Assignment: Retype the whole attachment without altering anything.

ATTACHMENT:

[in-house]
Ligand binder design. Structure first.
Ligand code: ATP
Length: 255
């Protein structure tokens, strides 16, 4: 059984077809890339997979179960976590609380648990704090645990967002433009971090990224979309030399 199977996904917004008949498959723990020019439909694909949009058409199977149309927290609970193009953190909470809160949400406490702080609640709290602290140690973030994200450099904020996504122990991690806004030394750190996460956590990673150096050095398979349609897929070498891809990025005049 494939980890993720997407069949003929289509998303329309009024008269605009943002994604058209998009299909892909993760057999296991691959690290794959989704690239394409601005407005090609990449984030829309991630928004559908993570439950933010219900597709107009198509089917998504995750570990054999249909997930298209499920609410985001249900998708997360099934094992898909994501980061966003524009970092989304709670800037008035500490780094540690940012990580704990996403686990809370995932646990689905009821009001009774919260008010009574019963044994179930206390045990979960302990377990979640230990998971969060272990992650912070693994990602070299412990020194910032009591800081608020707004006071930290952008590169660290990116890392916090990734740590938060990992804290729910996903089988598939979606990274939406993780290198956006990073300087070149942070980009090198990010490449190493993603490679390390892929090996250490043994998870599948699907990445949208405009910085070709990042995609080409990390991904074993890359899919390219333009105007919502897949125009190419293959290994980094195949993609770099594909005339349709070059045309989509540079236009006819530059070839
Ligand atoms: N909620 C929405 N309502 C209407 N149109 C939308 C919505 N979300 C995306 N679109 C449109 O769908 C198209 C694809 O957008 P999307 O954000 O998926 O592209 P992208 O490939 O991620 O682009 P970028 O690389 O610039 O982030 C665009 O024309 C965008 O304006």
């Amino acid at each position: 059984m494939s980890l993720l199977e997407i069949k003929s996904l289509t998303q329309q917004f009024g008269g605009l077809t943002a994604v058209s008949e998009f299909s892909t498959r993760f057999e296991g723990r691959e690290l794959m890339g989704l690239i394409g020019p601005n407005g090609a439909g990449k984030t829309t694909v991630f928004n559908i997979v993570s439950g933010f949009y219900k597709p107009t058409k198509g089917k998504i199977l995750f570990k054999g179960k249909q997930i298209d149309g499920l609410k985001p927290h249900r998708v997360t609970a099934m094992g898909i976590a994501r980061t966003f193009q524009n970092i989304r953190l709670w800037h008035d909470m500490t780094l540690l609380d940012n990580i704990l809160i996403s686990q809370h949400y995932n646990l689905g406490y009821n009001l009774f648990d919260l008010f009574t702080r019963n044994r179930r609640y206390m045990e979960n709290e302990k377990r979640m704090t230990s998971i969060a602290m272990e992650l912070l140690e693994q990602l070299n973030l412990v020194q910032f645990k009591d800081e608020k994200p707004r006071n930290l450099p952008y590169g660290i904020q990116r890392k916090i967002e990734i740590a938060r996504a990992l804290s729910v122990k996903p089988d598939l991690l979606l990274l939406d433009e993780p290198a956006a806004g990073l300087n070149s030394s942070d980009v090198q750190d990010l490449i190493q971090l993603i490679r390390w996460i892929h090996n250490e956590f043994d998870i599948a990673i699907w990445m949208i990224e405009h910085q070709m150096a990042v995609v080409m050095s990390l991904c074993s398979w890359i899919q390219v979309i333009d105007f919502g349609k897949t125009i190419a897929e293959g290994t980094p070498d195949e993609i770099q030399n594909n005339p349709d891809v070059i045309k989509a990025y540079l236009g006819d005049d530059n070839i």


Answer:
[in-house]
Ligand binder design. Structure first.
Ligand code: ATP
Length: 255
């Protein structure tokens, strides 16, 4: 059984077809890339997979179960976590609380648990704090645990967002433009971090990224979309030399 199977996904917004008949498959723990020019439909694909949009058409199977149309927290609970193009953190909470809160949400406490702080609640709290602290140690973030994200450099904020996504122990991690806004030394750190996460956590990673150096050095398979349609897929070498891809990025005049 494939980890993720997407069949003929289509998303329309009024008269605009943002994604058209998009299909892909993760057999296991691959690290794959989704690239394409601005407005090609990449984030829309991630928004559908993570439950933010219900597709107009198509089917998504995750570990054999249909997930298209499920609410985001249900998708997360099934094992898909994501980061966003524009970092989304709670800037008035500490780094540690940012990580704990996403686990809370995932646990689905009821009001009774919260008010009574019963044994179930206390045990979960302990377990979640230990998971969060272990992650912070693994990602070299412990020194910032009591800081608020707004006071930290952008590169660290990116890392916090990734740590938060990992804290729910996903089988598939979606990274939406993780290198956006990073300087070149942070980009090198990010490449190493993603490679390390892929090996250490043994998870599948699907990445949208405009910085070709990042995609080409990390991904074993890359899919390219333009105007919502897949125009190419293959290994980094195949993609770099594909005339349709070059045309989509540079236009006819530059070839
Ligand atoms: N909620 C929405 N309502 C209407 N149109 C939308 C919505 N979300 C995306 N679109 C449109 O769908 C198209 C694809 O957008 P999307 O954000 O998926 O592209 P992208 O490939 O991620 O682009 P970028 O690389 O610039 O982030 C665009 O024309 C965008 O304006």
């Amino acid at each position: 059984m494939s980890l993720l199977e997407i069949k003929s996904l289509t998303q329309q917004f009024g008269g605009l077809t943002a994604v058209s008949e998009f299909s892909t498959r993760f057999e296991g723990r691959e690290l794959m890339g989704l690239i394409g020019p601005n407005g090609a439909g990449k984030t829309t694909v991630f928004n559908i997979v993570s439950g933010f949009y219900k597709p107009t058409k198509g089917k998504i199977l995750f570990k054999g179960k249909q997930i298209d149309g499920l609410k985001p927290h249900r998708v997360t609970a099934m094992g898909i976590a994501r980061t966003f193009q524009n970092i989304r953190l709670w800037h008035d909470m500490t780094l540690l609380d940012n990580i704990l809160i996403s686990q809370h949400y995932n646990l689905g406490y009821n009001l009774f648990d919260l008010f009574t702080r019963n044994r179930r609640y206390m045990e979960n709290e302990k377990r979640m704090t230990s998971i969060a602290m272990e992650l912070l140690e693994q990602l070299n973030l412990v020194q910032f645990k009591d800081e608020k994200p707004r006071n930290l450099p952008y590169g660290i904020q990116r890392k916090i967002e990734i740590a938060r996504a990992l804290s729910v122990k996903p089988d598939l991690l979606l990274l939406d433009e993780p290198a956006a806004g990073l300087n070149s030394s942070d980009v090198q750190d990010l490449i190493q971090l993603i490679r390390w996460i892929h090996n250490e956590f043994d998870i599948a990673i699907w990445m949208i990224e405009h910085q070709m150096a990042v995609v080409m050095s990390l991904c074993s398979w890359i899919q390219v979309i333009d105007f919502g349609k897949t125009i190419a897929e293959g290994t980094p070498d195949e993609i770099q030399n594909n005339p349709d891809v070059i045309k989509a990025y540079l236009g006819d005049d530059n070839i």